Table 6: Estimated Sector Inputs Shares
Input Industry Group Percent
Agribusiness 4.9 Processing 22.5 Transportation 4.9 Retail trade 21.5 Finance & Insurance 3.1 Legal & accounting 1.0
A custom industry was generated using the value chain breakout in Table 6 to model the Michigan ma*****na value chain. Standard agricultural value added attributes were included. These attributes allocate net income payments to labor, capital and indirect business taxes levied on grow production. Value added attributes of other supplying firms remain unchanged from their baseline values. Because the 10 percent excise tax is allocated at the retail price and because agricultural products are usually not assessed Michigan’s six percent sales tax, direct tax estimates are added to simulation results in the aggregate.
The estimated economic contributions of Michigan’s new recreational ma*****na industry, at $3 billion in output, are shown in Table 7. Starting with employment, we project that as the sector reaches an initial state of maturity, the value chain will employ some 13,500 people directly. A rough breakout suggests that about 10,000 of those positions will be on the retail and wholesale trade sectors, including shipping,
All industries
Grow production
Wholesale trade

supplying around one thousand retail outlets. Because all Michigan retail sales will come from instate production. We anticipate about 1.25 million pounds of wet harvest to be harvested and processed commercially. Accordingly, grower operations will employ about 3,500, while process operations will employ around 3,500. The average wage of these direct jobs will be about $28,600, contributing about
Accounting for respending of direct dollars by industry participants and all subsequent recirculation of dollars in the state economy, we estimate that total employment contributions will be just over 23,700 Michigan jobs with annual pay of just under $1 billion. When accounting for all associated transactions, recreation ma*****na will contribute some $7.9 billion in annual transactions and contribute $4.7 billion to the state’s gross state product, which includes the approximate $500 million dollars in direct public revenues from the sale and licensing of ma*****na products.
$384.7 million to labor income and $1.8 billion to total annual gross state product.
Table 7: Estimated Economic Impacts
Direct Effects Secondary Effects Total
Employment 13,500 10,300 23,700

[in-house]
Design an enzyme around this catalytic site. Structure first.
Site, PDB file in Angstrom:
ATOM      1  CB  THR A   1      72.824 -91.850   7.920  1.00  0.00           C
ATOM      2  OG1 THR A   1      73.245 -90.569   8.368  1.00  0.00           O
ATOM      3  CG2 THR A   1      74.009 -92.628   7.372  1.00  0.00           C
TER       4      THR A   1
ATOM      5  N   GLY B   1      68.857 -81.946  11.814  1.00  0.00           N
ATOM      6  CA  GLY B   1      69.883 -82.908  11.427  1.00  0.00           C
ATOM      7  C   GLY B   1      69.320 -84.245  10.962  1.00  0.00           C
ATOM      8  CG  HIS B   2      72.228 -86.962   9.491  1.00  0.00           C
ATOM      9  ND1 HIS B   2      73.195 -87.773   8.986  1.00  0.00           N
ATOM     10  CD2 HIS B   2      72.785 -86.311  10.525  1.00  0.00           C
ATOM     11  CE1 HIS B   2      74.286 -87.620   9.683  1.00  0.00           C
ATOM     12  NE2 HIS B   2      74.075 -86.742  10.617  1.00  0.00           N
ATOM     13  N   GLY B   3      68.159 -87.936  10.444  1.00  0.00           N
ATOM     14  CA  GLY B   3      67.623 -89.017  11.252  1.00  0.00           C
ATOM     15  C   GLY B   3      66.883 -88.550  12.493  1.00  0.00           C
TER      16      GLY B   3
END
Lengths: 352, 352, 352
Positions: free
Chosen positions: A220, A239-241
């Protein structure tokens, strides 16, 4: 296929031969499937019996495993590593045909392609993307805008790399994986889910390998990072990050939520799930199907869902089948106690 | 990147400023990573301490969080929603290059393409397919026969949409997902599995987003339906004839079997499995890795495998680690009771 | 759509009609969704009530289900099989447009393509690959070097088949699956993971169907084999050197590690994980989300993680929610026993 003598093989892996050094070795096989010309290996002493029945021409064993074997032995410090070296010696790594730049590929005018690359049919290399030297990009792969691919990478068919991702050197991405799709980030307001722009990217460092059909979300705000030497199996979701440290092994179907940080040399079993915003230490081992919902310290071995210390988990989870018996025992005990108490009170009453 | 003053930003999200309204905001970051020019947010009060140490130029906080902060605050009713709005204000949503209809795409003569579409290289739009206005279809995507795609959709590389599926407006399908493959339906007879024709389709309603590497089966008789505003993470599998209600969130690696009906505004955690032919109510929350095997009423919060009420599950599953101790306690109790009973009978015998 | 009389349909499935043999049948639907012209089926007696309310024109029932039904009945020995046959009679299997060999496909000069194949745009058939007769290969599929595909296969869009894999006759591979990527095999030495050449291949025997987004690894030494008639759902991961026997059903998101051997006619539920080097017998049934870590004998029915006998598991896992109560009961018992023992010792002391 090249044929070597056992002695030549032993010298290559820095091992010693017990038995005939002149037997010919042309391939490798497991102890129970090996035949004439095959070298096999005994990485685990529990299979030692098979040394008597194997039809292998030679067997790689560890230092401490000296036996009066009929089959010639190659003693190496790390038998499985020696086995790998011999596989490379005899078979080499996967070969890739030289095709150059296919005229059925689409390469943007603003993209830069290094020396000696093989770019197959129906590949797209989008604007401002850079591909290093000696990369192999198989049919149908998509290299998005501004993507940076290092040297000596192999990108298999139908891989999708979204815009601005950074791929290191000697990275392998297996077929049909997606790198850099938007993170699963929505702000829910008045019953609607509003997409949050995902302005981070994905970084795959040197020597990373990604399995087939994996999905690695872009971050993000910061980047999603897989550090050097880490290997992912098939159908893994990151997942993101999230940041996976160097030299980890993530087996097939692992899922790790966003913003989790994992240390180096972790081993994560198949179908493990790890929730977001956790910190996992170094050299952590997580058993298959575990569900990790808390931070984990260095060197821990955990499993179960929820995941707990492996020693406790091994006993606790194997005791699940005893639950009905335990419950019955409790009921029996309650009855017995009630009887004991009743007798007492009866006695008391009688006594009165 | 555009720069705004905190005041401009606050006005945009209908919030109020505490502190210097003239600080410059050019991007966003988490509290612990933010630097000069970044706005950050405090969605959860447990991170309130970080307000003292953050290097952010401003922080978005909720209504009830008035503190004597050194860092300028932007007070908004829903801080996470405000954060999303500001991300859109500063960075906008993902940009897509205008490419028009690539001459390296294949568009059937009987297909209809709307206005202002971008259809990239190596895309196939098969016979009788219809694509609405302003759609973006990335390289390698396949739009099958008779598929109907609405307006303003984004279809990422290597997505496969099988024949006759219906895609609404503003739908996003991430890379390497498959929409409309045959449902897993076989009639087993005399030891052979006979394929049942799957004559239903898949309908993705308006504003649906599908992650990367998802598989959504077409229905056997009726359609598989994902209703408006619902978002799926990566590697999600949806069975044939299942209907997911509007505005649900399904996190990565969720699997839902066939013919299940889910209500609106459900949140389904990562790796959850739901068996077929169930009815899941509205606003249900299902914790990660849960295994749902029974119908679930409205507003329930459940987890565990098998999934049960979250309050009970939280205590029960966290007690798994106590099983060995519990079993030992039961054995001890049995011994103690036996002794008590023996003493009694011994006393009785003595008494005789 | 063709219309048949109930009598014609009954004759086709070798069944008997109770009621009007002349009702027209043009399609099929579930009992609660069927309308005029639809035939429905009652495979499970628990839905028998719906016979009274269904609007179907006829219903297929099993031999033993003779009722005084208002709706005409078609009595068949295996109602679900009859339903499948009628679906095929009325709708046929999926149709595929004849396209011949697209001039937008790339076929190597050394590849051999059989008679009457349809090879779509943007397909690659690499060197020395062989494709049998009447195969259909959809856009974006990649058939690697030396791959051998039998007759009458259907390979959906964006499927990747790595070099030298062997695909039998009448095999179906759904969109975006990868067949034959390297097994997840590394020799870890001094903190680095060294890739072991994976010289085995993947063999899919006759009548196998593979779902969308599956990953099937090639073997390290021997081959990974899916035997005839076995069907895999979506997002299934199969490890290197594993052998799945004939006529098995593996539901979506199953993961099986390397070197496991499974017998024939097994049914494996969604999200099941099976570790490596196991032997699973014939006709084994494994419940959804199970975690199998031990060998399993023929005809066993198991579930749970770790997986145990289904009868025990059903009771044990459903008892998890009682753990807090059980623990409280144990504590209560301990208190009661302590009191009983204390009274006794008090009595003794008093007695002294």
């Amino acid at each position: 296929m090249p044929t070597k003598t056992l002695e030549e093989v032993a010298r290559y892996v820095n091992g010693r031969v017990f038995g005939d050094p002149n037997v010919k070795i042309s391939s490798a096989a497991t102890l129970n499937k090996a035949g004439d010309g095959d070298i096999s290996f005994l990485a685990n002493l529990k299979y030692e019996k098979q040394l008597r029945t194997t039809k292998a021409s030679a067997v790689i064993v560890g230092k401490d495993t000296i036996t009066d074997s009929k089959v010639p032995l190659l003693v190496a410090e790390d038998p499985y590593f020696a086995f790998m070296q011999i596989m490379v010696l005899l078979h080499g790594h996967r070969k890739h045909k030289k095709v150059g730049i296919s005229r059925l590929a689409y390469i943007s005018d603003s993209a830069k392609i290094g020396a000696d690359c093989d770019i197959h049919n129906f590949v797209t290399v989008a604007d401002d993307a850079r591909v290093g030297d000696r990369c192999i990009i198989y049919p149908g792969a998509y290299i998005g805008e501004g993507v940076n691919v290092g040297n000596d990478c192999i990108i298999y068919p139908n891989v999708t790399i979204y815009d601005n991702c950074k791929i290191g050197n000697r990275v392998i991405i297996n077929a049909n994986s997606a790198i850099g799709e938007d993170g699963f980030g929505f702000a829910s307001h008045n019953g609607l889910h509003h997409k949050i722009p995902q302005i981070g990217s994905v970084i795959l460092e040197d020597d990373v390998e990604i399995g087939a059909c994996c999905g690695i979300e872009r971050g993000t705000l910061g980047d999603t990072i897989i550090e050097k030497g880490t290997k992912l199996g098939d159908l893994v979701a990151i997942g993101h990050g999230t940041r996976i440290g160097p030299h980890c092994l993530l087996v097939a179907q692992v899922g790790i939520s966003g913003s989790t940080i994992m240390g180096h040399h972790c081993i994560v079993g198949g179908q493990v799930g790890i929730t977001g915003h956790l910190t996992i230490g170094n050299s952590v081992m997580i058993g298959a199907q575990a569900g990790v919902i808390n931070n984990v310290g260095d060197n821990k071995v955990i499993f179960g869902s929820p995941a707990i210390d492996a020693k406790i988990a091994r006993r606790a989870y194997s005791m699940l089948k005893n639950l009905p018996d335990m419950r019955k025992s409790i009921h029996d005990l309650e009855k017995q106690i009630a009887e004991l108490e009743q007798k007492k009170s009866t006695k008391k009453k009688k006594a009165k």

Labor Income $384,743,000 $559,284,000 $944,027,000
Value Added $1,797,627,000 $2,855,060,000 $4,652,687,000
Output $2,986,000,000 $4,866,919,000 $7,852,919,000
Totals may not sum up due to rounding
We should be careful to note that these estimates are not to be interpreted as economic impacts that would not exist in the absence of Michigan’s new recreational ma*****na sector. Rather they represent the contribution this sector will have on the existing economy at the end of the first four to five years. There is sufficient reason to assert that the true economic impact may be lower as recreational ma*****na sales will crowd out other expenditures for medical ma*****na, beer and alcohol and possibly other recreational expenditures. Hence the actual effect on the state’s economy is not easily predicted.
Other conflating factors may impact these estimates. The time span we selected draws from the primary referent state, Colorado, experience. In this time span of four to five years, as seen in Colorado, we anticipate that the sector will largely reach an initial state of equilibrium. This is likely not a long-run steady state, but rather at some point, firms along the value chain will start to consolidate such that there will likely be a few dominant firms with higher levels of efficiency than fringe firms that make up the periphery of the value chain. Gained efficiencies from economies of scale will likely be further advanced by national and global efficiencies as national demand for customized processing equipment come online. That is, as more states legalize recreational ma*****na, national equipment manufacturers will increase interest in developing processing and product innovations for industry adoption. The combined efficiency impacts will likely reduce the overall economic contribution in terms of employment and likely reduce the cost of final goods for consumers. Whether consumers will respond to lower costs by increasing overall demand sufficient to generate larger economic contributions remains to be seen, as no state has surmounted the initial industry consolidation phase of industry development.
1 Gross state product is a term to describe total state earnings by private and public entities.

The ma*****na industry in Michigan appears to be maturing rapidly. An improved testing system and a wider acceptance of recreational ma*****na by local communities would assist in the maturation process. It is estimated that the level of retail sales once it becomes widely available is approximately $3 billion with a total economic impact in excess of $7.8 billion. Employment in businesses along the ma*****na supply chain is estimated to be 13,500 with a total economic impact on employment in the state of 23,700. Total tax revenue raised is $495.7 million of which $298.6 million is excise taxes and $197.1 million are in the form of sales taxes. These figures are extrapolated from the experience in Colorado and adjusted for Michigan’s population.
The supply chain for ma*****na was also analyzed. It appears that the supply chain is maturing rapidly, with several well-funded vertically integrated firms already operating. Both indoor and outdoor growing operations are in place but over time it appears that much of the production will take place in dedicated indoor growing facilities.